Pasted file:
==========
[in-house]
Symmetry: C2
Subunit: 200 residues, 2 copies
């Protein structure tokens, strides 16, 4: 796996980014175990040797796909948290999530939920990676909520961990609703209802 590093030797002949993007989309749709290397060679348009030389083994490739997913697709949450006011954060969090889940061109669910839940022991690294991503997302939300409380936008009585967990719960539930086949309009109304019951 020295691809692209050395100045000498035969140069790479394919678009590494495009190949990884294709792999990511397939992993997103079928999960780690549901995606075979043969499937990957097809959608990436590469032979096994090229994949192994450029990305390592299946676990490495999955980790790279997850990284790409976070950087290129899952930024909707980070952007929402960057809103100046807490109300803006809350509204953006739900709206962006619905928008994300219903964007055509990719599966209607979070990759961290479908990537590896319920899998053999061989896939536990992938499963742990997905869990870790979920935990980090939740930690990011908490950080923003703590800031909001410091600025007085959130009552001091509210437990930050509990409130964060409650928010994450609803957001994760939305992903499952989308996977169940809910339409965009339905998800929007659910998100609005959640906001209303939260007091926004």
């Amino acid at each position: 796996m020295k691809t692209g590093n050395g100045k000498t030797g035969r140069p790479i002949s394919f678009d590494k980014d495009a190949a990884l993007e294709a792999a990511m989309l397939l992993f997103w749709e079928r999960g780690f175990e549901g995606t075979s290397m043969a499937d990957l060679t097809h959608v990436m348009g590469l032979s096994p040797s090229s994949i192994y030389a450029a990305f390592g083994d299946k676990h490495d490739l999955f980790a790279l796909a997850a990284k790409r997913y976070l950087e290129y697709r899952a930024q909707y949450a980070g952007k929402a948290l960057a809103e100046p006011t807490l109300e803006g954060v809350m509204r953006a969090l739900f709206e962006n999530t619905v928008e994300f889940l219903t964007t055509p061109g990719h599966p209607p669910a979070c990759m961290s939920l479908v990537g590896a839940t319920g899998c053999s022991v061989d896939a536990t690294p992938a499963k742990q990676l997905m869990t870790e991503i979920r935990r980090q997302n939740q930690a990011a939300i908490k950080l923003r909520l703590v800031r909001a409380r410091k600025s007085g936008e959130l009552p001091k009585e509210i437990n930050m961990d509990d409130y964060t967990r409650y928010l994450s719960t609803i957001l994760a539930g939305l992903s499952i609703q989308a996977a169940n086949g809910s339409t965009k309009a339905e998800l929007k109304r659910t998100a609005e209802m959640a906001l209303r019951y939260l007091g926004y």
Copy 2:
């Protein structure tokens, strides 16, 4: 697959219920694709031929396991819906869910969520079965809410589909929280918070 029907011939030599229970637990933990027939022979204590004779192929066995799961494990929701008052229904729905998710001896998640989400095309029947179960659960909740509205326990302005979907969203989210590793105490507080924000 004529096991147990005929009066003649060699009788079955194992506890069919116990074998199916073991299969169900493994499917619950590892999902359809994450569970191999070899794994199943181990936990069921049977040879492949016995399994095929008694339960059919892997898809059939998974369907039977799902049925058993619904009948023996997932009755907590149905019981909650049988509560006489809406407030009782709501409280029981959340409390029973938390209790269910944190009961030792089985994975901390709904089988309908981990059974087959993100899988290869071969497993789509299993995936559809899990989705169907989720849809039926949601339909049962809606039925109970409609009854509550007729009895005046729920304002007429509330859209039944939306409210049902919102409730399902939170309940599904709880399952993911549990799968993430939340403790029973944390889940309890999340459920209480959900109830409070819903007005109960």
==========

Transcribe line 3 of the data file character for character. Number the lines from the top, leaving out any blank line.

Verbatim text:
Subunit: 200 residues, 2 copies